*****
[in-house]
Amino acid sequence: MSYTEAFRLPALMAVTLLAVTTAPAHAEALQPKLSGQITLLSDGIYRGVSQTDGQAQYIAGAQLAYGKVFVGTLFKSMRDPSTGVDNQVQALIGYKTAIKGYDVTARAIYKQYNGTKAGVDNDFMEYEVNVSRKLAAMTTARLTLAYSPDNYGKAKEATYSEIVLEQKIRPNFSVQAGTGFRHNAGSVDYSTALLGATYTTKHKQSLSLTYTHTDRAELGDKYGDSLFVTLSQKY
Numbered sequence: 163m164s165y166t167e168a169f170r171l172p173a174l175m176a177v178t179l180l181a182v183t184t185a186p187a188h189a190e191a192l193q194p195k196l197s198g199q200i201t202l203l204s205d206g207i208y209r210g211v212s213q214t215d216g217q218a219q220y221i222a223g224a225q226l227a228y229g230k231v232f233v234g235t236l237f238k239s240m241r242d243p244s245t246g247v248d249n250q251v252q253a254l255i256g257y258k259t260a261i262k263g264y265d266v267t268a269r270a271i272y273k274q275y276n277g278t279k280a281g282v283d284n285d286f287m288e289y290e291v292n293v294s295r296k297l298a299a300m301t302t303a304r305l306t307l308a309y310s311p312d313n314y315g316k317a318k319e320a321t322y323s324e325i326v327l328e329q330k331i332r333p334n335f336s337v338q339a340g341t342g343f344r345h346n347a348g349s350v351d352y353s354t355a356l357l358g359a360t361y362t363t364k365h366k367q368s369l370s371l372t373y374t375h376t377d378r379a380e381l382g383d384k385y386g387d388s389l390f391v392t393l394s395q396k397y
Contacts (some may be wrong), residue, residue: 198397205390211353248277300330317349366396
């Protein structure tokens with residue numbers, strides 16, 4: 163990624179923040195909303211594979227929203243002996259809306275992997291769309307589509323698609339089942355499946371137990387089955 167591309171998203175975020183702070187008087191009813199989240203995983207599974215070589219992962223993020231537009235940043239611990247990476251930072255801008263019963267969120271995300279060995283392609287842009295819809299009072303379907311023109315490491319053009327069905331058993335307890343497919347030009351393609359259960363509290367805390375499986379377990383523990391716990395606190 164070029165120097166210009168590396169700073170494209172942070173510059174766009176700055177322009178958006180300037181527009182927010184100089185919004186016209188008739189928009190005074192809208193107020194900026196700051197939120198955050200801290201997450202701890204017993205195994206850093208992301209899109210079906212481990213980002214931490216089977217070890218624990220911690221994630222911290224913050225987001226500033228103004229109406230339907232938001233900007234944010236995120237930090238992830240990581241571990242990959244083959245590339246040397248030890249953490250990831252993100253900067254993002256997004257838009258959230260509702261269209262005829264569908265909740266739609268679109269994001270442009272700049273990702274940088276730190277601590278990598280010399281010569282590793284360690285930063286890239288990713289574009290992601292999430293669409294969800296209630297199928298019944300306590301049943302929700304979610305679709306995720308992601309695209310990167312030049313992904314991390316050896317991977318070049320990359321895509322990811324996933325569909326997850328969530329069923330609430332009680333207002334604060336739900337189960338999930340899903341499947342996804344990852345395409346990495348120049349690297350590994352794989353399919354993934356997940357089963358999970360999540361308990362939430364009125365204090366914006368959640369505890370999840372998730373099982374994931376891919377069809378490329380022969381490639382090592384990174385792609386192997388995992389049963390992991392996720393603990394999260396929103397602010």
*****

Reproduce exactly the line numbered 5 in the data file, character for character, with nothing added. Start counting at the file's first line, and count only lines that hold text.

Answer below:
């Protein structure tokens with residue numbers, strides 16, 4: 163990624179923040195909303211594979227929203243002996259809306275992997291769309307589509323698609339089942355499946371137990387089955 167591309171998203175975020183702070187008087191009813199989240203995983207599974215070589219992962223993020231537009235940043239611990247990476251930072255801008263019963267969120271995300279060995283392609287842009295819809299009072303379907311023109315490491319053009327069905331058993335307890343497919347030009351393609359259960363509290367805390375499986379377990383523990391716990395606190 164070029165120097166210009168590396169700073170494209172942070173510059174766009176700055177322009178958006180300037181527009182927010184100089185919004186016209188008739189928009190005074192809208193107020194900026196700051197939120198955050200801290201997450202701890204017993205195994206850093208992301209899109210079906212481990213980002214931490216089977217070890218624990220911690221994630222911290224913050225987001226500033228103004229109406230339907232938001233900007234944010236995120237930090238992830240990581241571990242990959244083959245590339246040397248030890249953490250990831252993100253900067254993002256997004257838009258959230260509702261269209262005829264569908265909740266739609268679109269994001270442009272700049273990702274940088276730190277601590278990598280010399281010569282590793284360690285930063286890239288990713289574009290992601292999430293669409294969800296209630297199928298019944300306590301049943302929700304979610305679709306995720308992601309695209310990167312030049313992904314991390316050896317991977318070049320990359321895509322990811324996933325569909326997850328969530329069923330609430332009680333207002334604060336739900337189960338999930340899903341499947342996804344990852345395409346990495348120049349690297350590994352794989353399919354993934356997940357089963358999970360999540361308990362939430364009125365204090366914006368959640369505890370999840372998730373099982374994931376891919377069809378490329380022969381490639382090592384990174385792609386192997388995992389049963390992991392996720393603990394999260396929103397602010």